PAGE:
An engrossing study of the times made more fascinating and incredible in retrospect.




A contextually rich look at the buildup of Nazi power, revealing the feebleness of Americans’ assessment of the future danger.

In these seemingly casual impressions recorded in newspapers, letters, magazines, diaries and diplomatic reports, many Americans rooted in interwar Germany failed to see the menace in the increasingly inflammatory Nazi rhetoric, as Nagorski (The Greatest Battle: Stalin, Hitler, and the Desperate Struggle for Moscow that Changed the Course of World War II, 2007, etc.) depicts in this well-marshaled study. Or if they did—e.g., Chicago Daily News correspondent Edgar Mowrer or Foreign Affairs editor Hamilton Fish Armstrong, who interviewed Hitler on Apr. 27, 1933, and recorded, “So completely has the Republic been wiped out”—they were not believed. On one hand, most well-clad Western observers were approving of the German sense of method and order; on the other, the Americans were appalled by the enormous discrepancy in wealth between rich and poor and the Weimar Republic’s reputation for sexual licentiousness, especially homosexuality. Nagorski looks at the first wave of fawning observers, if not admirers, of the brash young agitator who engineered the Beer Hall Putsch of 1923, including U.S. Envoy Alanson B. Houghton, an industrialist who threw grand parties and blamed America for Germany’s economic woes, and Karl Henry von Wiegland, reporter for Hearst, who described Hitler as a “man of the people.” Some of the more shameless hangers-on included Ernst Hanfstaengl, a half-American, Harvard-educated aristocrat who became enamored of Hitler and served as his publicist; Charles Lindbergh, who shared aircraft secrets and a ringside box at the 1936 Berlin Olympics; and young Martha Dodd, good-time daughter of the American ambassador in Berlin. Few spoke out against Hitler’s virulently anti-Semitic message, and many sheepishly covered over their early lapses in later memoirs.

An engrossing study of the times made more fascinating and incredible in retrospect.

Pub Date: March 13, 2012

ISBN: 978-1-4391-9100-2

Page Count: 400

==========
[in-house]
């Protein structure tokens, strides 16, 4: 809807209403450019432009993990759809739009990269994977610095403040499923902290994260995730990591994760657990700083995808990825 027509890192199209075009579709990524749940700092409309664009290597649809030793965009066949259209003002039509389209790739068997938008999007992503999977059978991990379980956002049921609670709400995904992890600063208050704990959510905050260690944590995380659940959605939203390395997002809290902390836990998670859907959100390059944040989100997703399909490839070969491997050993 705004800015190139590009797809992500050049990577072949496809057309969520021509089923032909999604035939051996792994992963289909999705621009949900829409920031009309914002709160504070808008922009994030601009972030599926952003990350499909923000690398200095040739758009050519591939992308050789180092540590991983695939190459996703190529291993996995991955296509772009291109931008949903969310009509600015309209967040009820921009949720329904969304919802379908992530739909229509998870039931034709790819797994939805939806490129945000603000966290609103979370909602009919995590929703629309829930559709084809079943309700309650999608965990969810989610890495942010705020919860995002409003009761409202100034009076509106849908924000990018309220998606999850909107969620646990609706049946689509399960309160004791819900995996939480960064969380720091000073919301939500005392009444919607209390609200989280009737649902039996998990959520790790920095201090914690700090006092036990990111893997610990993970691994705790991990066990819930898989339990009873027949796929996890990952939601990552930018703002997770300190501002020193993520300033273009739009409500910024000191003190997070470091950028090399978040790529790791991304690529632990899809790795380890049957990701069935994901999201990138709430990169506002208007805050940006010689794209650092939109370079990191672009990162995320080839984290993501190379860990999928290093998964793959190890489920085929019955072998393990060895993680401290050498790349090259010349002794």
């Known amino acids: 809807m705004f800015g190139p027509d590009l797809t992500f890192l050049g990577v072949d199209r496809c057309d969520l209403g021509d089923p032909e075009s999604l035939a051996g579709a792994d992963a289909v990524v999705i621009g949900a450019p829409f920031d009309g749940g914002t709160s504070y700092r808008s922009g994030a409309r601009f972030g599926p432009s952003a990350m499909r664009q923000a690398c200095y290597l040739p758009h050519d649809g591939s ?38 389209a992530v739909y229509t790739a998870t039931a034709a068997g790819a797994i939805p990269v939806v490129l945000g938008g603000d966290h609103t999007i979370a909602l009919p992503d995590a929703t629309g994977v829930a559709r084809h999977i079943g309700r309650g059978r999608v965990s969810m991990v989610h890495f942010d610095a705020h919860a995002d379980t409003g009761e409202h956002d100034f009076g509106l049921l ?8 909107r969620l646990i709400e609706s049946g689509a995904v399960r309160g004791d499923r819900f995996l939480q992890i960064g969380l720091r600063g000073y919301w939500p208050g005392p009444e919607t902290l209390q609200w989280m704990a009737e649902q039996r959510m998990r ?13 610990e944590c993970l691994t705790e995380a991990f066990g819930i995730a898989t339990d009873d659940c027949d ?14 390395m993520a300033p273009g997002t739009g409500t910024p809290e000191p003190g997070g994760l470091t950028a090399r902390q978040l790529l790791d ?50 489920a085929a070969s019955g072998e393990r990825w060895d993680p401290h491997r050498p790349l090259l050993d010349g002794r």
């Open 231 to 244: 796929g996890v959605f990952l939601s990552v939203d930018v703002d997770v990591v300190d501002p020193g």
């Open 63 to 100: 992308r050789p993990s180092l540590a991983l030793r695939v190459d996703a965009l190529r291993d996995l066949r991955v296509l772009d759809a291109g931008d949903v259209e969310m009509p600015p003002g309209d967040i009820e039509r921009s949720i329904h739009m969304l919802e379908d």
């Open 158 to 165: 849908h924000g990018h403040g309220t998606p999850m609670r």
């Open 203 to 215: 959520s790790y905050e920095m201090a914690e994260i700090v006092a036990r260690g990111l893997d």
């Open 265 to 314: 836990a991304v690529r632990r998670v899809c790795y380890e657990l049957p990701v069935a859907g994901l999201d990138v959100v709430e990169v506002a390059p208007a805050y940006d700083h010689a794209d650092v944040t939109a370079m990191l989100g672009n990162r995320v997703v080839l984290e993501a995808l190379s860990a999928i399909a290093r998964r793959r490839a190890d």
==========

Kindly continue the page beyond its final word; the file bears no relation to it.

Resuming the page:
Publisher: Simon & Schuster

Review Posted Online: Dec. 5, 2011

Kirkus Reviews Issue: Dec. 15, 2011

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The author's youthfulness helps to assure the inevitable comparison with the Anne Frank diary although over and above the...


Elie Wiesel spent his early years in a small Transylvanian town as one of four children. 

He was the only one of the family to survive what Francois Maurois, in his introduction, calls the "human holocaust" of the persecution of the Jews, which began with the restrictions, the singularization of the yellow star, the enclosure within the ghetto, and went on to the mass deportations to the ovens of Auschwitz and Buchenwald. There are unforgettable and horrifying scenes here in this spare and sombre memoir of this experience of the hanging of a child, of his first farewell with his father who leaves him an inheritance of a knife and a spoon, and of his last goodbye at Buchenwald his father's corpse is already cold let alone the long months of survival under unconscionable conditions. 

The author's youthfulness helps to assure the inevitable comparison with the Anne Frank diary although over and above the sphere of suffering shared, and in this case extended to the death march itself, there is no spiritual or emotional legacy here to offset any reader reluctance.

Pub Date: Jan. 16, 2006

ISBN: 0374500010

Page Count: 120

Publisher: Hill & Wang

Review Posted Online: Oct. 7, 2011

Kirkus Reviews Issue: Jan. 15, 2006

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For Howard Zinn, long-time civil rights and anti-war activist, history and ideology have a lot in common. Since he thinks that everything is in someone's interest, the historian—Zinn posits—has to figure out whose interests he or she is defining/defending/reconstructing (hence one of his previous books, The Politics of History). Zinn has no doubts about where he stands in this "people's history": "it is a history disrespectful of governments and respectful of people's movements of resistance." So what we get here, instead of the usual survey of wars, presidents, and institutions, is a survey of the usual rebellions, strikes, and protest movements. Zinn starts out by depicting the arrival of Columbus in North America from the standpoint of the Indians (which amounts to their standpoint as constructed from the observations of the Europeans); and, after easily establishing the cultural disharmony that ensued, he goes on to the importation of slaves into the colonies. Add the laborers and indentured servants that followed, plus women and later immigrants, and you have Zinn's amorphous constituency. To hear Zinn tell it, all anyone did in America at any time was to oppress or be oppressed; and so he obscures as much as his hated mainstream historical foes do—only in Zinn's case there is that absurd presumption that virtually everything that came to pass was the work of ruling-class planning: this amounts to one great indictment for conspiracy. Despite surface similarities, this is not a social history, since we get no sense of the fabric of life. Instead of negating the one-sided histories he detests, Zinn has merely reversed the image; the distortion remains.

Pub Date: Jan. 1, 1979

ISBN: 0061965588

Page Count: 772

Publisher: Harper & Row

Review Posted Online: May 26, 2012

Kirkus Reviews Issue: Jan. 1, 1979

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